Amyloid aggregates are composed of protein fibrils with a dominant β-sheet structure, are water-insoluble, and are involved in the pathogenesis of many neurodegenerative diseases. Development of pharmaceuticals to treat these diseases and the design of recovery agents for amyloid-type inclusion bodies require the successful suppression and dissolution of such aggregates. Since ionic liquids (ILs) are composed of both a cation and anion and are known to suppress protein aggregation and to dissolve water-insoluble compounds such as cellulose; they may also have potential use as suppression/dissolution agents for amyloid aggregates. In the following review, we present the suppression and dissolution effects of ILs on amyloid aggregates so far reported. The protein–IL affinity (the ability of ILs to interact with amyloid proteins) was found to be the biochemical basis for ILs’ suppression of amyloid formation, and the hydrogen-bonding basicity of ILs might be the basis for their ability to dissolve amyloid aggregates. These findings present the potential of ILs to serve as novel pharmaceuticals to treat neurodegenerative diseases and as recovery agents for various amyloid aggregates.
Biophysical Reviews – Springer Journals
Published: Apr 25, 2018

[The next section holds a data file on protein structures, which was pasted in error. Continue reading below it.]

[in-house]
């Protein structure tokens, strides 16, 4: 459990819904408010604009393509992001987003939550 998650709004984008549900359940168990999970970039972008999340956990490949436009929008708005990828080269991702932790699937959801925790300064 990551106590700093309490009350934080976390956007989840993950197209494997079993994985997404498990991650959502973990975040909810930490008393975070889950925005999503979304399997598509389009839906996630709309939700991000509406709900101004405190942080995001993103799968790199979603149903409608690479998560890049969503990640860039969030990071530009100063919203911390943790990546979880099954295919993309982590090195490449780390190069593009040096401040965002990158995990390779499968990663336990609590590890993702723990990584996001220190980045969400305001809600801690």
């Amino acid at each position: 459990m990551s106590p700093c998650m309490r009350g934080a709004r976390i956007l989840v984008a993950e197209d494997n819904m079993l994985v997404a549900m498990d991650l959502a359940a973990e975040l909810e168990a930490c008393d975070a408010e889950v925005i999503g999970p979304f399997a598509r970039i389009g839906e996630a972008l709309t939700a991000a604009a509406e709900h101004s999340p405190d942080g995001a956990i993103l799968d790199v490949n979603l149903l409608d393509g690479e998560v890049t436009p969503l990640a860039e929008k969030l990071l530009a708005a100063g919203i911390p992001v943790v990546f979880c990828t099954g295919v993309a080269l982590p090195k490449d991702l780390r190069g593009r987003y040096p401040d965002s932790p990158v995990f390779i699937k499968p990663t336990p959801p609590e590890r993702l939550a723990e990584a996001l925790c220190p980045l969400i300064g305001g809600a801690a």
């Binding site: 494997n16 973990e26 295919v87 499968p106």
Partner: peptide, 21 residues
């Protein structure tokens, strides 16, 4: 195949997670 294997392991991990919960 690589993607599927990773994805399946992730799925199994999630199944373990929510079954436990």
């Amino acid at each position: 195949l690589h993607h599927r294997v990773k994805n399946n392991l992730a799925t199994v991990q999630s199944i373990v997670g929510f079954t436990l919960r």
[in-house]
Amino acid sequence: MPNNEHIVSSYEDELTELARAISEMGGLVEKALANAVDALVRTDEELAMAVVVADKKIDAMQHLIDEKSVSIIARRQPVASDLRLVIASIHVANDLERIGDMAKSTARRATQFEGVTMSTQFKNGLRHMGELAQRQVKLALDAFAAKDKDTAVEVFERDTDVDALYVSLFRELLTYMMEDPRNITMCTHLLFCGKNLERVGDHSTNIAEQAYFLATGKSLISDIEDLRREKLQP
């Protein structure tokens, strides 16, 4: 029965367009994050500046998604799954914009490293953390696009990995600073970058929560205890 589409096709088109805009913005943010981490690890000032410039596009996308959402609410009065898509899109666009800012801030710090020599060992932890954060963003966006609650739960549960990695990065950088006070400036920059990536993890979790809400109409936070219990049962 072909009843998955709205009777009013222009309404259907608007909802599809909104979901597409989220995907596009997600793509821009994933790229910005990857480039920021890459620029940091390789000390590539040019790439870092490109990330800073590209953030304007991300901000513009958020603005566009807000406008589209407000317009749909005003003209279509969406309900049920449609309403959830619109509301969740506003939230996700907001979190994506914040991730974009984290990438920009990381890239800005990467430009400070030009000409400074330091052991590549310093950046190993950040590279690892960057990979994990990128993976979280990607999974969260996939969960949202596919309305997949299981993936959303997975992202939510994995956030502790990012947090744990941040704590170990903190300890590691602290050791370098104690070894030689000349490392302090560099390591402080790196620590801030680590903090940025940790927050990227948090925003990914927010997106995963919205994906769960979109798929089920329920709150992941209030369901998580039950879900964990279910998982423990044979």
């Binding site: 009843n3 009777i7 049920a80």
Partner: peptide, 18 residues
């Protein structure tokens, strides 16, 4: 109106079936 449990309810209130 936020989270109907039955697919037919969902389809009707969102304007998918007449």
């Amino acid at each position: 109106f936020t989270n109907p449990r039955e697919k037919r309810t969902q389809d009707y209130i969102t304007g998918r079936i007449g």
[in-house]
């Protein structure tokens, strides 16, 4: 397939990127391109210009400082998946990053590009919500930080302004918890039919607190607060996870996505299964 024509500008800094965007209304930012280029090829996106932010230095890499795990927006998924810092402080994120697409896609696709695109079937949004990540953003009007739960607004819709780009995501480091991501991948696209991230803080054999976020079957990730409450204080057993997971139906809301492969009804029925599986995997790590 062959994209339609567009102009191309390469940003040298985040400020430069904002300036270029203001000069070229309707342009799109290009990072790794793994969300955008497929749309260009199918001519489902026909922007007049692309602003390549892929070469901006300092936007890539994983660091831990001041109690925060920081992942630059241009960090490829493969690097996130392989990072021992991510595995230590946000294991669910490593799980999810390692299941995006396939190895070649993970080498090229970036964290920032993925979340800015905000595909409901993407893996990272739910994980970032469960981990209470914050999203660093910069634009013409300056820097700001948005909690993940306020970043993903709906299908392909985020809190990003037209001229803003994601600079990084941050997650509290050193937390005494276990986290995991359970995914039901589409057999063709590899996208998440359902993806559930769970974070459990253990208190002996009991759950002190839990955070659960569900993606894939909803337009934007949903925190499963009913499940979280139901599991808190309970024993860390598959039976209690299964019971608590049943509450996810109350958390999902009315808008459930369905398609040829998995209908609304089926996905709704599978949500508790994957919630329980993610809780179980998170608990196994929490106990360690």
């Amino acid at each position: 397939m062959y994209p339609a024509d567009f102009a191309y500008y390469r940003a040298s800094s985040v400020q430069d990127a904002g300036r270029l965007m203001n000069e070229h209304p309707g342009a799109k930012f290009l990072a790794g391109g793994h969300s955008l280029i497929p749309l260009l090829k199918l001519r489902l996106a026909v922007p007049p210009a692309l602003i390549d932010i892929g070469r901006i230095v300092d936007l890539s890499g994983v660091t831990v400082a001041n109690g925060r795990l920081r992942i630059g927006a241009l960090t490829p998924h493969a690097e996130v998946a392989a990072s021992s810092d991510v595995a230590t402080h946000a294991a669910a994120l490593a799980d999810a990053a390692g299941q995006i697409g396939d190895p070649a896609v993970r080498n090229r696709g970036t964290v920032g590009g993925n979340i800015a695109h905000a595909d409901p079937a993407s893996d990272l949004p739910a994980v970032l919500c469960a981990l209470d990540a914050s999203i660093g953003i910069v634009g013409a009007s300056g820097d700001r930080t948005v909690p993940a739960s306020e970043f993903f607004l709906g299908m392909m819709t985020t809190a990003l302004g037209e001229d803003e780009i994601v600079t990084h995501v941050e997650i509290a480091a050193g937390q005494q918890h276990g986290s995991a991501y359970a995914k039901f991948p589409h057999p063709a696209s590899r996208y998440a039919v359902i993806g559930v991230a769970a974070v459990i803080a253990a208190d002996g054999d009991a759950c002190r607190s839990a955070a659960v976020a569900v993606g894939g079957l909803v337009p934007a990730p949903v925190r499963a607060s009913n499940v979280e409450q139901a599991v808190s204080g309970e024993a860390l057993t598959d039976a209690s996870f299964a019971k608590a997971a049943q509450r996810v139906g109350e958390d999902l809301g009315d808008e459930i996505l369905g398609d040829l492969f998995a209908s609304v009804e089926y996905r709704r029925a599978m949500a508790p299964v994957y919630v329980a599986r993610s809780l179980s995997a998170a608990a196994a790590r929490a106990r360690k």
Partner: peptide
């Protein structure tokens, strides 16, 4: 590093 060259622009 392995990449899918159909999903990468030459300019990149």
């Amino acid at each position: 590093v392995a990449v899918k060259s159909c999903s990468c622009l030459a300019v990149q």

It’s your single place to instantly
discover and read the research
that matters to you.
Enjoy affordable access to
over 18 million articles from more than
15,000 peer-reviewed journals.
All for just $49/month
Query the DeepDyve database, plus search all of PubMed and Google Scholar seamlessly
Save any article or search result from DeepDyve, PubMed, and Google Scholar... all in one place.
Get unlimited, online access to over 18 million full-text articles from more than 15,000 scientific journals.
Read from thousands of the leading scholarly journals from SpringerNature, Wiley-Blackwell, Oxford University Press and more.
All the latest content is available, no embargo periods.
“Hi guys, I cannot tell you how much I love this resource. Incredible. I really believe you've hit the nail on the head with this site in regards to solving the research-purchase issue.”Daniel C.
“Whoa! It’s like Spotify but for academic articles.”@Phil_Robichaud
“I must say, @deepdyve is a fabulous solution to the independent researcher's problem of #access to #information.”@deepthiw
“My last article couldn't be possible without the platform @deepdyve that makes journal papers cheaper.”@JoseServera